I‘ve been reading and calling it research! The only thing to do is post the reviews so I can justify all the time I’ve spent sitting in the dark with only the flickering light from my trusty Kindle and a cup of cinnamon tea with honey.
This book will not be released until June of 2022 but you can pre-order Here. I got a copy from NetGalley and appreciate the opportunity to take a sneak peak. If you are a historical mystery buff, put this one on your list for a spring read.
A Botanist’s Guide to Parties and Poisons by Kate Khavari is a charming mystery set in the world of academia in London, 1923. Saffron Everleigh hopes to follow in her father’s footsteps as a research assistant for Dr. Maxwell, a famed botanist at University College of London.
When philandering Dr. Henry’s abrasive wife keels over at a cocktail party, Saffron’s kindly mentor is accused of murder. Never one to stand on tradition, Saffron launches her own investigation to prove his innocence aided by the mysterious Alexander Ashton. The story vines and twists through the stuffy college, discovering jealousies, indiscretions, betrayals, and greed. Red herrings and tendrils of suspicion abound among the faculty, staff, and families of the cast of characters.
Saffron is a woman ahead of her time, but I thought the author dealt quite well with the difficulties of being female in a university setting during this era. The plot moves along at a leisurely pace curling and twining around a crazy and rabidly loyal roommate, a burgeoning romance, a wrongly accused professor, a mysterious toxin, and at least one desperate murderer.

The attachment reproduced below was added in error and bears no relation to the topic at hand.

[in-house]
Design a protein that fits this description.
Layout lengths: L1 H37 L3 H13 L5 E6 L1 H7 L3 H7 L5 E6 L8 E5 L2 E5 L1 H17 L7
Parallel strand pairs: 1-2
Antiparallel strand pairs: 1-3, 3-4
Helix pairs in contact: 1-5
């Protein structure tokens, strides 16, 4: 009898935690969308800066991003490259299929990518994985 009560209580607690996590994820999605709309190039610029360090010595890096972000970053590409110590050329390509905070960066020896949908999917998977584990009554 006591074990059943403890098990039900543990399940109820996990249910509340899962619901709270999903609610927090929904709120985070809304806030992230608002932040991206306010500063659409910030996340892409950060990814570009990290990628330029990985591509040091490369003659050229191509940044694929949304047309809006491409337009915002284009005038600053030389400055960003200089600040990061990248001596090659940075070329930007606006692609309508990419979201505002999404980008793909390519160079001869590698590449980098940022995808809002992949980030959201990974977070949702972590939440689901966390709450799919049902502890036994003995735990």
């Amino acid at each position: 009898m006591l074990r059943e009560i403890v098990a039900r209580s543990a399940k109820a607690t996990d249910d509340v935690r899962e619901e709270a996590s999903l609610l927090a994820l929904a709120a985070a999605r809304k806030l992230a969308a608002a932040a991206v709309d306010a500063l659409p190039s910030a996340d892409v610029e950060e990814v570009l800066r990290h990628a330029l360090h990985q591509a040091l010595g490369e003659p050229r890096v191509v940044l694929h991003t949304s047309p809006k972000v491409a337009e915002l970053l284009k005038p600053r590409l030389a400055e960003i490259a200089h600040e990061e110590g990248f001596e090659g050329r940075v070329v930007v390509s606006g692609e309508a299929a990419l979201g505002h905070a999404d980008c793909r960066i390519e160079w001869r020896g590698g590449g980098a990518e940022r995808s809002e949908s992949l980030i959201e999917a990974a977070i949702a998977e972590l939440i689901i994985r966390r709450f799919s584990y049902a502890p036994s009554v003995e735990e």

A Botanist’s Guide to Parties and Poisons is a solid 4 out of 5 for me.
I have to deduct for some minor meandering and repetition which I think one more editing pass would have done away with. I’d also love to have found more botanical secrets and a better build up to the attempted murder. My editorial advice (It’s free, which might indicate how much it’s worth) is to slow down and build the atmosphere even more—build relationships with a few scenes before you tear them all apart with suspicions and back-biting. Explore the social issues you touch on more thoroughly. These were interesting times, but I felt the potential to delve a little more deeply was largely unrealized.
Having said that, I did enjoy the book and look forward to the next. Ms. Khavari’s debut novel is a light-hearted tale delightfully described. Perfect for a cozy read on a spring afternoon. You’ll find attempted murder, infidelities, and sexual harassment along with a suspenseful ending that I thought was pretty well done. No steamy sex and no gorey violence.